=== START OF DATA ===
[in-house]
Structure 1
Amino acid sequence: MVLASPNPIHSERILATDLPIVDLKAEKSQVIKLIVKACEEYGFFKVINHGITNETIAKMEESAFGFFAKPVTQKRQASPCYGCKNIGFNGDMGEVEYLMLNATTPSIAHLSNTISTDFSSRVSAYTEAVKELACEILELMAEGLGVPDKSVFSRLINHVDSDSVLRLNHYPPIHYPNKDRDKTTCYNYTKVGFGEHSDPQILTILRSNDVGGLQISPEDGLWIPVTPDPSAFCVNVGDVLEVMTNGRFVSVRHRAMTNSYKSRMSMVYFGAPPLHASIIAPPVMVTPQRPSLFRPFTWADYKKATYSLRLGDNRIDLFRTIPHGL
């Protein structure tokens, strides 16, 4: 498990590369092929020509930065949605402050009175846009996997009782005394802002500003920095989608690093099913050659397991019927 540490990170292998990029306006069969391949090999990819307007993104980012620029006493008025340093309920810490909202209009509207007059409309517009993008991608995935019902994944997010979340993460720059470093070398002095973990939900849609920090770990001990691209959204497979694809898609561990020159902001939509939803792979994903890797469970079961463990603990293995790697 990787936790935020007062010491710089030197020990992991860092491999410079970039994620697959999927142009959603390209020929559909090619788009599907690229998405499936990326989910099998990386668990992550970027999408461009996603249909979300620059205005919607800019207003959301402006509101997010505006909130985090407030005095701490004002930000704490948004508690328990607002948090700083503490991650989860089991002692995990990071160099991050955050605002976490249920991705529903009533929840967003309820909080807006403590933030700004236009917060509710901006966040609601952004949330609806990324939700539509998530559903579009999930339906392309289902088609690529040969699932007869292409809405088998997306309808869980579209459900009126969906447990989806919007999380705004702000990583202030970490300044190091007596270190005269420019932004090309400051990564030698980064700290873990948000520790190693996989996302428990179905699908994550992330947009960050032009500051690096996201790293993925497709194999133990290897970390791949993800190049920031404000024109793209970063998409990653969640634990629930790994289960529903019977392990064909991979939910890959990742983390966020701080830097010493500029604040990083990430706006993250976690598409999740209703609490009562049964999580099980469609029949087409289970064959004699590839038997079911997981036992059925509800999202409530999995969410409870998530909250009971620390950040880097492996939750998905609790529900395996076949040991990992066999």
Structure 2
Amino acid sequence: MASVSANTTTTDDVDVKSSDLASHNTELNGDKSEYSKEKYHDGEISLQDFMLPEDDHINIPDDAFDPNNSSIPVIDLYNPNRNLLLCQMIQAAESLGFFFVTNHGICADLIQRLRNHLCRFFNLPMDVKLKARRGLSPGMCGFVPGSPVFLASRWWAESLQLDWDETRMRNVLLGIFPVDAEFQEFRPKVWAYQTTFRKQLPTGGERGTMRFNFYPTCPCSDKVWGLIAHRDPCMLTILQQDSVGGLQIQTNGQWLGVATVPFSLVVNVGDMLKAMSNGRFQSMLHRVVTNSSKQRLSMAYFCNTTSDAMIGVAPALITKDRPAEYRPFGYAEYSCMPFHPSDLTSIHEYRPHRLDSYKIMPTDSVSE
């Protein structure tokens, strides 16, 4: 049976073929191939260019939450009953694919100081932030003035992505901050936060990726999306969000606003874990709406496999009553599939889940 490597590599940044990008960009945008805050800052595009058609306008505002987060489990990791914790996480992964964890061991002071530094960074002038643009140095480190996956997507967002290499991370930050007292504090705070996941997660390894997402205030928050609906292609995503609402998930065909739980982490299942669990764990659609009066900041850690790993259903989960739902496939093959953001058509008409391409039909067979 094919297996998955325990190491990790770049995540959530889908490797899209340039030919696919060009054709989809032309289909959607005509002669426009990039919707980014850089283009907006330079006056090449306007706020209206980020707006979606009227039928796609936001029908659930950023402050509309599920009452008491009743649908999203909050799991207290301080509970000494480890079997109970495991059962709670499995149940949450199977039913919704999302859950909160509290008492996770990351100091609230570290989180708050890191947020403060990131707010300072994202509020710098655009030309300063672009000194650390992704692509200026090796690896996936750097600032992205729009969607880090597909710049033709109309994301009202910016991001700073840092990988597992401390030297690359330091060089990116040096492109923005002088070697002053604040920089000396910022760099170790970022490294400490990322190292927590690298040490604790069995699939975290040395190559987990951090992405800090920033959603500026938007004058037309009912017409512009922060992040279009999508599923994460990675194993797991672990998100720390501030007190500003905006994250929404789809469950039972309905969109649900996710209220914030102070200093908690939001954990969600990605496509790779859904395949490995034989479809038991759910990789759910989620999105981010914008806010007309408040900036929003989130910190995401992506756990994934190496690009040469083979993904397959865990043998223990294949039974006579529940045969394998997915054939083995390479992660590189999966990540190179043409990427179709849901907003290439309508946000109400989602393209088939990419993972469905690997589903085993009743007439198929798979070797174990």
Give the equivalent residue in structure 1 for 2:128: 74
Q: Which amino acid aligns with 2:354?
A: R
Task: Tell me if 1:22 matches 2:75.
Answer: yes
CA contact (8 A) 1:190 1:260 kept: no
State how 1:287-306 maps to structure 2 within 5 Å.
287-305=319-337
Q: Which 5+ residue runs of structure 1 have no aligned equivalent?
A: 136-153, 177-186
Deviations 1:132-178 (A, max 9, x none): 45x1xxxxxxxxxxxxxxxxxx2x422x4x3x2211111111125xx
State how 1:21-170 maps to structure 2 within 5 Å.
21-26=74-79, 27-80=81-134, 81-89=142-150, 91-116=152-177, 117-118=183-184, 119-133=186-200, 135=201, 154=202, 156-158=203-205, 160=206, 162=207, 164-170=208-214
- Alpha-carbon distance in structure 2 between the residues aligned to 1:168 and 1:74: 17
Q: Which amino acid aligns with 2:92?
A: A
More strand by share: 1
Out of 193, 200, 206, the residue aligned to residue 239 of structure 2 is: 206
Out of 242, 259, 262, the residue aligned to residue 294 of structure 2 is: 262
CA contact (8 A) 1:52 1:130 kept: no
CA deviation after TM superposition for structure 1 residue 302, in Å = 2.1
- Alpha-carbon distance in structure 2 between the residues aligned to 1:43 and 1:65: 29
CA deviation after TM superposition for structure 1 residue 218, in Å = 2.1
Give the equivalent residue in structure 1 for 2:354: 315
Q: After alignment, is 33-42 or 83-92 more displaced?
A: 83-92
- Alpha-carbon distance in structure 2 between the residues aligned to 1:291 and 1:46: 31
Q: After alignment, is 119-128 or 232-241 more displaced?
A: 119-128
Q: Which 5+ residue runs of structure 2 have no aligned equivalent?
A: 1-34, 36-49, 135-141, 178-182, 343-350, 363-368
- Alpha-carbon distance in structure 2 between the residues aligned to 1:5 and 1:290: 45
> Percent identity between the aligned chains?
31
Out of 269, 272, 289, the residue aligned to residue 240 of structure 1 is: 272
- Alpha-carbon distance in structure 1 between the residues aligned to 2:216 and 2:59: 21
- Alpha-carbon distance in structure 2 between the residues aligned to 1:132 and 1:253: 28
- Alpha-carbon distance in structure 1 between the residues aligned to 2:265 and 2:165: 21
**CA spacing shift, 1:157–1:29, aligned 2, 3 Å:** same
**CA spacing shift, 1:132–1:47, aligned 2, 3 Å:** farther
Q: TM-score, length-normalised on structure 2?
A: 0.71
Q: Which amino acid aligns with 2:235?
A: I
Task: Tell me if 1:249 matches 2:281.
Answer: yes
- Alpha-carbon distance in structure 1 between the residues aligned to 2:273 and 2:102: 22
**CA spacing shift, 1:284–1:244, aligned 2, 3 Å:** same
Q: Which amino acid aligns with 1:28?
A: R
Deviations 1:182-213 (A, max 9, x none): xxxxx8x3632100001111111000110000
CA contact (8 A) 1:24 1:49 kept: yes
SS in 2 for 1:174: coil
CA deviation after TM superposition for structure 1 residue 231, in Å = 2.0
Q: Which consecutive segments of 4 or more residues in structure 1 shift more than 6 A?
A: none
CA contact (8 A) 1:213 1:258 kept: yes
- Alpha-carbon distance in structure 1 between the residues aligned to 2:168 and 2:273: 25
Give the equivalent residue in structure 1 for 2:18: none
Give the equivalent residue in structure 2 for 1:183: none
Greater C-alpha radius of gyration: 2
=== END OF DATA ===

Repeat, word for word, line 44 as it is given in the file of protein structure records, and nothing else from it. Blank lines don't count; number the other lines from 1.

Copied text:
- Alpha-carbon distance in structure 2 between the residues aligned to 1:132 and 1:253: 28